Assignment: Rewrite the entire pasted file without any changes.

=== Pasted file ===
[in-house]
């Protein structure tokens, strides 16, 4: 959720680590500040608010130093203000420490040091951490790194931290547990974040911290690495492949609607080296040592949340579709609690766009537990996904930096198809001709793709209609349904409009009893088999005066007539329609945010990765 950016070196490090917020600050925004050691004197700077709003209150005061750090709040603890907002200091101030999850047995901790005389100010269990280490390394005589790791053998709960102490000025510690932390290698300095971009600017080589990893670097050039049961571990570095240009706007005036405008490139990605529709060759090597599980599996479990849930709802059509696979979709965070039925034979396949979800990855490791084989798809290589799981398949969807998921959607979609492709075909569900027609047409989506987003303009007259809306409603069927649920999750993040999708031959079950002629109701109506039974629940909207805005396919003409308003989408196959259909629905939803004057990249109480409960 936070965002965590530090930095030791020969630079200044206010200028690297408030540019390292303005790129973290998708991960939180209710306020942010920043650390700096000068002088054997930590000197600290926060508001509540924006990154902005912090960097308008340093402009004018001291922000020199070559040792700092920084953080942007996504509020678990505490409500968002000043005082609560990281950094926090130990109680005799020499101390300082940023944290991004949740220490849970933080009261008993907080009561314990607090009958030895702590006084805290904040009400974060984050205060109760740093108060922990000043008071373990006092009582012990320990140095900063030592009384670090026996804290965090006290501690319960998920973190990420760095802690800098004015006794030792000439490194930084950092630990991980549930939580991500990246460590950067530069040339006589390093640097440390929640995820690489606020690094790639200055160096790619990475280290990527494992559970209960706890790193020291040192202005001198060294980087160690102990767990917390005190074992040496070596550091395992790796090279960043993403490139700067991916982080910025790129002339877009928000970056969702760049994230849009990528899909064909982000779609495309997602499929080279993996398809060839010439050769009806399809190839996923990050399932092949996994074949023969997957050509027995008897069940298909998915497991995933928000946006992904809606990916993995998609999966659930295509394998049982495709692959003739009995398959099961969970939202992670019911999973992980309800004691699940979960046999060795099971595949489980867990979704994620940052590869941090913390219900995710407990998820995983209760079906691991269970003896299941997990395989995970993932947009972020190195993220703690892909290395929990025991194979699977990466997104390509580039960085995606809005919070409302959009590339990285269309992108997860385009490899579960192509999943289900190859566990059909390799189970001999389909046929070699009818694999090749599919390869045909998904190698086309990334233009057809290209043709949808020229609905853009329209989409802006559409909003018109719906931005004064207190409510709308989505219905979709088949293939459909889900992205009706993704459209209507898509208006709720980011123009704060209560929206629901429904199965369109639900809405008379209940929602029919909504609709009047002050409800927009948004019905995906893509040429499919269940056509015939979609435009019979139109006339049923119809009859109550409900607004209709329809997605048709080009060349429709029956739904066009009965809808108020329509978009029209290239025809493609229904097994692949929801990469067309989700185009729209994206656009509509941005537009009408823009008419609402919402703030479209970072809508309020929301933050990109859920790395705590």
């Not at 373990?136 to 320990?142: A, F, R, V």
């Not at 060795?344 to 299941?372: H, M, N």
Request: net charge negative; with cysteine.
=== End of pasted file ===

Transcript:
[in-house]
């Protein structure tokens, strides 16, 4: 959720680590500040608010130093203000420490040091951490790194931290547990974040911290690495492949609607080296040592949340579709609690766009537990996904930096198809001709793709209609349904409009009893088999005066007539329609945010990765 950016070196490090917020600050925004050691004197700077709003209150005061750090709040603890907002200091101030999850047995901790005389100010269990280490390394005589790791053998709960102490000025510690932390290698300095971009600017080589990893670097050039049961571990570095240009706007005036405008490139990605529709060759090597599980599996479990849930709802059509696979979709965070039925034979396949979800990855490791084989798809290589799981398949969807998921959607979609492709075909569900027609047409989506987003303009007259809306409603069927649920999750993040999708031959079950002629109701109506039974629940909207805005396919003409308003989408196959259909629905939803004057990249109480409960 936070965002965590530090930095030791020969630079200044206010200028690297408030540019390292303005790129973290998708991960939180209710306020942010920043650390700096000068002088054997930590000197600290926060508001509540924006990154902005912090960097308008340093402009004018001291922000020199070559040792700092920084953080942007996504509020678990505490409500968002000043005082609560990281950094926090130990109680005799020499101390300082940023944290991004949740220490849970933080009261008993907080009561314990607090009958030895702590006084805290904040009400974060984050205060109760740093108060922990000043008071373990006092009582012990320990140095900063030592009384670090026996804290965090006290501690319960998920973190990420760095802690800098004015006794030792000439490194930084950092630990991980549930939580991500990246460590950067530069040339006589390093640097440390929640995820690489606020690094790639200055160096790619990475280290990527494992559970209960706890790193020291040192202005001198060294980087160690102990767990917390005190074992040496070596550091395992790796090279960043993403490139700067991916982080910025790129002339877009928000970056969702760049994230849009990528899909064909982000779609495309997602499929080279993996398809060839010439050769009806399809190839996923990050399932092949996994074949023969997957050509027995008897069940298909998915497991995933928000946006992904809606990916993995998609999966659930295509394998049982495709692959003739009995398959099961969970939202992670019911999973992980309800004691699940979960046999060795099971595949489980867990979704994620940052590869941090913390219900995710407990998820995983209760079906691991269970003896299941997990395989995970993932947009972020190195993220703690892909290395929990025991194979699977990466997104390509580039960085995606809005919070409302959009590339990285269309992108997860385009490899579960192509999943289900190859566990059909390799189970001999389909046929070699009818694999090749599919390869045909998904190698086309990334233009057809290209043709949808020229609905853009329209989409802006559409909003018109719906931005004064207190409510709308989505219905979709088949293939459909889900992205009706993704459209209507898509208006709720980011123009704060209560929206629901429904199965369109639900809405008379209940929602029919909504609709009047002050409800927009948004019905995906893509040429499919269940056509015939979609435009019979139109006339049923119809009859109550409900607004209709329809997605048709080009060349429709029956739904066009009965809808108020329509978009029209290239025809493609229904097994692949929801990469067309989700185009729209994206656009509509941005537009009408823009008419609402919402703030479209970072809508309020929301933050990109859920790395705590």
């Not at 373990?136 to 320990?142: A, F, R, V």
């Not at 060795?344 to 299941?372: H, M, N």
Request: net charge negative; with cysteine.